Renew your commitment
Funeral directors are interesting creatures. We live to serve. . . . that doesn’t happen in every profession.
I told my wife the other day as we live in this pandemic world every body seems to have all the answers. Politicians are acting as scientists, scientists are acting like politicians, parents know more than the teachers, teachers know more than the administrators, and every where you turn. . . . somebody has an answer . . and that answer always seems to be different from the last answer you heard.
I also told Angie that as the vaccines come that can help us all out of this pandemic the next big argument in America is who goes to the front of the line. . . . everybody will want to be first. . . . it is just human nature. No one wants to wait. . . I’m hoping this can be all orderly, but I’m expecting politics, fear, and greed to cause a huge argument in our society.
Earlier in the pandemic, death from COVID-19, in my opinion, was pretty much localized in what were termed hotspots. Those of us in rural areas thought maybe we would be immune, but that has proved wishful thinking because we have been hit now also.
I stopped by my old funeral home and visited with the staff the other day to learn about our COVID numbers and I received an e-mail from another rural funeral director who was a mortuary school classmate of mine who told me that his community has been hit hard too.
One of the things that hit home from both of these episodes for me was how professional and unselfishly these funeral directors are serving their communities. Yes, I understand that it is not easy to lose a loved one to COVID, but I also know that having a professional there to guide survivors through the next steps is a blessing for those survivors. . . . .and I’m so proud to be part of a the fraternity (or sorority) of men and women who are stepping up to that task every hour of every day since this pandemic hit our shores.
And, we are doing it without arguing and asking to step to the front of the line. As you can read from this article from the National Funeral Directors Association, the NFDA has advocated, in my opinion correctly, that funeral professionals are essential health care workers that need to be protected. Originally, while you could make a great argument that funeral professionals should be in the top tier, we were listed as Tier II out of 6 tiers in waiting.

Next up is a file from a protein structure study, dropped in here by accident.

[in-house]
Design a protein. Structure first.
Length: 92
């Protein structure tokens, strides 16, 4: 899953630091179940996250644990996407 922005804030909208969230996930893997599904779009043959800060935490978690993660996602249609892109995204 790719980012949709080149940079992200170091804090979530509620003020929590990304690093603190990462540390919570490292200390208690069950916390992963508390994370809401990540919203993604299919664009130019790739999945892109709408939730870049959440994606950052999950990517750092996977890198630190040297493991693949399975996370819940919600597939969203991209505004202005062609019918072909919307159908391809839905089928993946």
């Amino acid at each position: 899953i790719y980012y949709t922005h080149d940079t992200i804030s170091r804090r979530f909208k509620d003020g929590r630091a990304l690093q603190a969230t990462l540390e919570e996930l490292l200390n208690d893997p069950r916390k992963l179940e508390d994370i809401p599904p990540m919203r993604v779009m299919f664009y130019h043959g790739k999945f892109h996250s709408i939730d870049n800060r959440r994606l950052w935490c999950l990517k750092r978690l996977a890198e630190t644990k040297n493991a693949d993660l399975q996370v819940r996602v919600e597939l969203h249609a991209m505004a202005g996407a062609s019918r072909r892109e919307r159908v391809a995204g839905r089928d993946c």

While it appears that each state will make its own determination, it appears that the Center for Disease Control now puts funeral professionals in what it terms Phase 1a. I don’t know what that actually means, but what I have seen that is impressive to me, is that funeral professionals just keep doing their job, without seeming to worry about this. . . day after day after day.
I think that tells a lot about our profession and who we are.
I also think it gives cause to the humanity of our profession and would argue that now is the time to re-commit or re-dedicate your work to that of helping our fellow human beings . . . . whenever and wherever they need us.
More news from the world of Death Care:
- Funeral homes adapted to the pandemic. The changes made grieving harder. The Washington Post
- Funeral homes and medical examiner weigh in on spike in COVID deaths. Video story and news article. KUTV and KJZZ.com (UT)
- Why Cemeteries are increasingly costing local governments big. Spectrum News (NY)
- Funeral homes struggling with increased deaths, stress. Lake Mills Leader (WI)
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Thank you. You are so right. We need to lead instead of react. If we keep doing the same things we have always done we will not get the same results we have always gotten. We need to redefine our purpose. We should not be focusing on closure. Closure is a misnomer, not an antidote for grief, and the concept has done great harm to our profession. We deliver comfort and confidence. People need our professional assistance and guidance to reach that point.
We must find options. One example is our Coasson, with which Covid-compliant wakes are easy to accomplish. Moreover, we can take the visitation to extended living facilities, nursing homes, etc. and fill the void that is created when someone dies and disappears because no visitation is held and if it were, we can not load a bus with people from a living facility and go to a visitation.
I appreciate you writing and again send my thanks.